We Have Work To Do

This photo was taken on March 15, 2020. We Have Work To Do aims to raise awareness around campus with branded buttons and stickers. Their message is a reminder that there is still work to be done to support and uplift minoritized community members.

In the wake of the Black Lives Matter movement, the COVID-19 pandemic and Oregon State University’s development of an in-house police force, news media—including The Daily Barometer—plays an overwhelmingly important role in educating and informing the public. But what is equally as important is that the media regains its credibility, as it has a long-standing history of wronging minorities and perpetuating systemic injustices, and has broken the trust of so many people.

As journalists, we have a duty to report the truth and nothing but the truth, both objectively and factually. But there is something we can do to be better—and that is to become more aware and critical of the voices and perspectives we are and are not highlighting in our reporting. 

I know that people are hesitant about what they hear when it comes from media outlets. News should leave people feeling informed and educated, it should prepare those people to inform and educate others. News should allow individuals to formulate their own opinions and beliefs based on the facts given to them. That being said, news should not distort someone’s reality or persuade in any way. The public deserves to be able to not only trust their main source of news, but also feel that their identity is justly represented in the media as well, and that is why it is so incredibly important to me that the Baro can be that trustworthy source for our readers.

From the moment I joined the Orange Media Network organization, my editors, advisors and peers emphasized the importance of elevating the diverse voices in my community—and so I have made it my personal goal, not only as the incoming editor-in-chief, but as a former news reporter, copy editor and news editor, that The Baro’s news coverage is diverse, truthful and equitable. 

This is not a new goal—this is something that I have always prioritized. This goal has been ingrained in me as both a journalist and a human being—and trust me when I say that OMN strives to ingrain this into every employee who walks through its halls.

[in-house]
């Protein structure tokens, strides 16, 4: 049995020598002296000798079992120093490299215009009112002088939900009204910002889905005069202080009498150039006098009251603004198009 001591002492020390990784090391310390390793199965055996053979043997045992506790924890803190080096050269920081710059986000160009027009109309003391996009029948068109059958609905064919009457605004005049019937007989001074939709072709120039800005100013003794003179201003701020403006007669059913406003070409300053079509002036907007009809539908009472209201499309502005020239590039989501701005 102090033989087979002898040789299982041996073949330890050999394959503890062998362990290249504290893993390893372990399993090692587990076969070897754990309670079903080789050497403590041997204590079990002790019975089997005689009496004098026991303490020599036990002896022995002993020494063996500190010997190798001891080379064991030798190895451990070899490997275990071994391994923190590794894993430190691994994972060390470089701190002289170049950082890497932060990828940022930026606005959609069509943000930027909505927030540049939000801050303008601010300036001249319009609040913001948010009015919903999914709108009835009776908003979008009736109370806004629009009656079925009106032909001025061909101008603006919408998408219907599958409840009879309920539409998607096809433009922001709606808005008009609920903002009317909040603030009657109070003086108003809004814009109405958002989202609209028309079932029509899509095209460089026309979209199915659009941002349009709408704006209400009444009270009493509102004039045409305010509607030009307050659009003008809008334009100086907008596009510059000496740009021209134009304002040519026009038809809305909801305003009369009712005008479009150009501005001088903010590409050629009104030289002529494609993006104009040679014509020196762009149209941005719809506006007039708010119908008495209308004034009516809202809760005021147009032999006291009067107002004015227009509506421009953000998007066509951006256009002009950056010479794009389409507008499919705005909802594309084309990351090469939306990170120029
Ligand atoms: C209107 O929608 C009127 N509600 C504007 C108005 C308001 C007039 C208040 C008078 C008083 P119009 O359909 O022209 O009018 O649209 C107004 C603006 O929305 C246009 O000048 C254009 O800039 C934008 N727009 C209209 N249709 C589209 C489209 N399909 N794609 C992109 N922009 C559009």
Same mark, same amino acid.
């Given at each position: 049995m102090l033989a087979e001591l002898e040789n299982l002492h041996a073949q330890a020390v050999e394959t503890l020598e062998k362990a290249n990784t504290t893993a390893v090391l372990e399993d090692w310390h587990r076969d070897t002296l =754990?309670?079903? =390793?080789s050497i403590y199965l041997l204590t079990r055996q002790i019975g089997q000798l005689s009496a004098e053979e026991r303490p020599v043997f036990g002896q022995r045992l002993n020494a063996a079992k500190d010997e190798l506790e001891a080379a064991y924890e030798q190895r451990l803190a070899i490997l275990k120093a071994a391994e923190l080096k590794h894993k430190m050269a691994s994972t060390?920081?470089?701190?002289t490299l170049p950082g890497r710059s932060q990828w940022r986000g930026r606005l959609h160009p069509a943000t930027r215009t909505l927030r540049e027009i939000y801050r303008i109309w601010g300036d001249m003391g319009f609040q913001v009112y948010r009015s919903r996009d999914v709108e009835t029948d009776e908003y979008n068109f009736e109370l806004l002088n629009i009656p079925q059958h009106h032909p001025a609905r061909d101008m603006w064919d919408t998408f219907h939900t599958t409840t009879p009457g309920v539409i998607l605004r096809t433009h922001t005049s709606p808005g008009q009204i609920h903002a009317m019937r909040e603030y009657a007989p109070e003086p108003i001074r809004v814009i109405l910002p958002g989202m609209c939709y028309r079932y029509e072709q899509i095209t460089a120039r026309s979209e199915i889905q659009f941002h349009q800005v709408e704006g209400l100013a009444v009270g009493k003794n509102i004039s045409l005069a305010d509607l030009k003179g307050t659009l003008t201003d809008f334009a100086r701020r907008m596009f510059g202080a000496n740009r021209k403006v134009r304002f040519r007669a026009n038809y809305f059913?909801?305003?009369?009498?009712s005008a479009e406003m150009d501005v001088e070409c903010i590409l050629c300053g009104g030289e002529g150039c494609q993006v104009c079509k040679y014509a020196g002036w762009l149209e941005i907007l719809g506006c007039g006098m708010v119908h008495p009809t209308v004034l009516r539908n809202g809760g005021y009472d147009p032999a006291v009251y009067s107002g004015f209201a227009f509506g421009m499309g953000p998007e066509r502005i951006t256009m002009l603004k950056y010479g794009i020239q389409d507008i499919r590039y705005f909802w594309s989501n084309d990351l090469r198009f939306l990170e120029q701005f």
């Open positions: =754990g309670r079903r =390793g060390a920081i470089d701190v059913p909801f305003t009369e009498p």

When making my editor-in-chief presentation for the 2020-21 OMN student-leader elections, I thought to myself, ‘what is the biggest improvement The Daily Barometer can make?’— and so I typed in big letters: Build Relationships. 

The need for media to rebuild its relationships with diverse communities does not exclude The Barometer, in fact, The Baro too has burnt bridges in the past. I want The Barometer to mend those bridges—to build stronger relationships with cultural centers and the diverse voices in the community, with Oregon State University administration, with our readers and within our very own team.

I was once asked if I want to use my position as editor-in-chief to speak out, voice my opinions and make change. My answer was not just a simple yes or no, there is so much more to it. Of course I want to use my privilege to speak out and incite change, but I am not just here to amplify my own voice—I am here to provide a platform to others in my community to speak on their experiences, their concerns, their achievements, their stories. Bottom line: I am here to better my community, thus bettering this organization. The Baro is a community service, everything that we do, we do to inform and educate our readers. 

There are Corvallis, Ore. community members who have faced discrimination and instituational racism; there are Corvallis community members who have faced hardships due to the COVID-19 pandemic; there are OSU community members who worry about policing and gun control on campus; and there are still community members whose voices need amplification. This single fact informs my desire to make journalism more diverse and responsive to the communities we serve. 

People often attribute The Barometer’s mistakes to us being student journalists, but I hold this publication to high, professional standards—and I hope that everyone else does too. Of course, we are human and we are learning along with everyone else, but it is my hope that you, the public, holds us accountable—holds me accountable as The Baro’s leader. Inform us when we’ve missed an important perspective, did not cover a topic you believe should have been covered, or simply made a spelling error—please let us know when we’ve made a mistake.

The Baro’s editorial staff aims to directly address every concern that crosses our paths. Contact me directly at baro.editor@oregonstate.edu to voice any concerns you may have, or if you would just like to start a discussion.

I am beyond humbled to be stepping into this position, and I look forward to meeting new people, learning new things, and most importantly, making sure my community feels heard.

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